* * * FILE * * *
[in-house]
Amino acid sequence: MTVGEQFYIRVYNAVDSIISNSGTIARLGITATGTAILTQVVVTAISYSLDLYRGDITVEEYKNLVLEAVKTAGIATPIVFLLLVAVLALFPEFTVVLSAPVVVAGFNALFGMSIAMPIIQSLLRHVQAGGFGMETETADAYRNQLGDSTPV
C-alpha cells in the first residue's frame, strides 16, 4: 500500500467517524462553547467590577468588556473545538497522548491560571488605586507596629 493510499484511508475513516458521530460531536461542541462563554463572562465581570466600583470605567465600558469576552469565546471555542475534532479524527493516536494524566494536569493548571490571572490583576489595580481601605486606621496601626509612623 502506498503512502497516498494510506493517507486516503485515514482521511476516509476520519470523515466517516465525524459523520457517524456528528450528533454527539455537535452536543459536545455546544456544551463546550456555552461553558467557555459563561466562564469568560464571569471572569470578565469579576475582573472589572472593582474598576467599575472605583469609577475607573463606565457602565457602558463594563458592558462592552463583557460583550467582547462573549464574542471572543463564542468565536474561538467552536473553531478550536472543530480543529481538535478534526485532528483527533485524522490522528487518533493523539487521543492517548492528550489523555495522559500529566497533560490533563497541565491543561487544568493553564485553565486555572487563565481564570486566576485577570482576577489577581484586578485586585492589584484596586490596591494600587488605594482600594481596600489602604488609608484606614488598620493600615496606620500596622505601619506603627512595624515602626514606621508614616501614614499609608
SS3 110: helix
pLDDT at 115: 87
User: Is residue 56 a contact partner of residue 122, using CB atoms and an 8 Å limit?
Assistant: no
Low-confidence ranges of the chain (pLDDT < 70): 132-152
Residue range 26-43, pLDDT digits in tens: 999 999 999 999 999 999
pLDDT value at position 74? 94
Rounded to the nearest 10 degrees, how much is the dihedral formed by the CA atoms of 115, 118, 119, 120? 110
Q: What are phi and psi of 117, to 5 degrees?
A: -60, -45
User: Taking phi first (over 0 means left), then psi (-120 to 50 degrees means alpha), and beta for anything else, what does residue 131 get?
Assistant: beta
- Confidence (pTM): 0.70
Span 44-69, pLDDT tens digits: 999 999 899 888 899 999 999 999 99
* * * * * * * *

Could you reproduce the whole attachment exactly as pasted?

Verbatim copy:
[in-house]
Amino acid sequence: MTVGEQFYIRVYNAVDSIISNSGTIARLGITATGTAILTQVVVTAISYSLDLYRGDITVEEYKNLVLEAVKTAGIATPIVFLLLVAVLALFPEFTVVLSAPVVVAGFNALFGMSIAMPIIQSLLRHVQAGGFGMETETADAYRNQLGDSTPV
C-alpha cells in the first residue's frame, strides 16, 4: 500500500467517524462553547467590577468588556473545538497522548491560571488605586507596629 493510499484511508475513516458521530460531536461542541462563554463572562465581570466600583470605567465600558469576552469565546471555542475534532479524527493516536494524566494536569493548571490571572490583576489595580481601605486606621496601626509612623 502506498503512502497516498494510506493517507486516503485515514482521511476516509476520519470523515466517516465525524459523520457517524456528528450528533454527539455537535452536543459536545455546544456544551463546550456555552461553558467557555459563561466562564469568560464571569471572569470578565469579576475582573472589572472593582474598576467599575472605583469609577475607573463606565457602565457602558463594563458592558462592552463583557460583550467582547462573549464574542471572543463564542468565536474561538467552536473553531478550536472543530480543529481538535478534526485532528483527533485524522490522528487518533493523539487521543492517548492528550489523555495522559500529566497533560490533563497541565491543561487544568493553564485553565486555572487563565481564570486566576485577570482576577489577581484586578485586585492589584484596586490596591494600587488605594482600594481596600489602604488609608484606614488598620493600615496606620500596622505601619506603627512595624515602626514606621508614616501614614499609608
SS3 110: helix
pLDDT at 115: 87
User: Is residue 56 a contact partner of residue 122, using CB atoms and an 8 Å limit?
Assistant: no
Low-confidence ranges of the chain (pLDDT < 70): 132-152
Residue range 26-43, pLDDT digits in tens: 999 999 999 999 999 999
pLDDT value at position 74? 94
Rounded to the nearest 10 degrees, how much is the dihedral formed by the CA atoms of 115, 118, 119, 120? 110
Q: What are phi and psi of 117, to 5 degrees?
A: -60, -45
User: Taking phi first (over 0 means left), then psi (-120 to 50 degrees means alpha), and beta for anything else, what does residue 131 get?
Assistant: beta
- Confidence (pTM): 0.70
Span 44-69, pLDDT tens digits: 999 999 899 888 899 999 999 999 99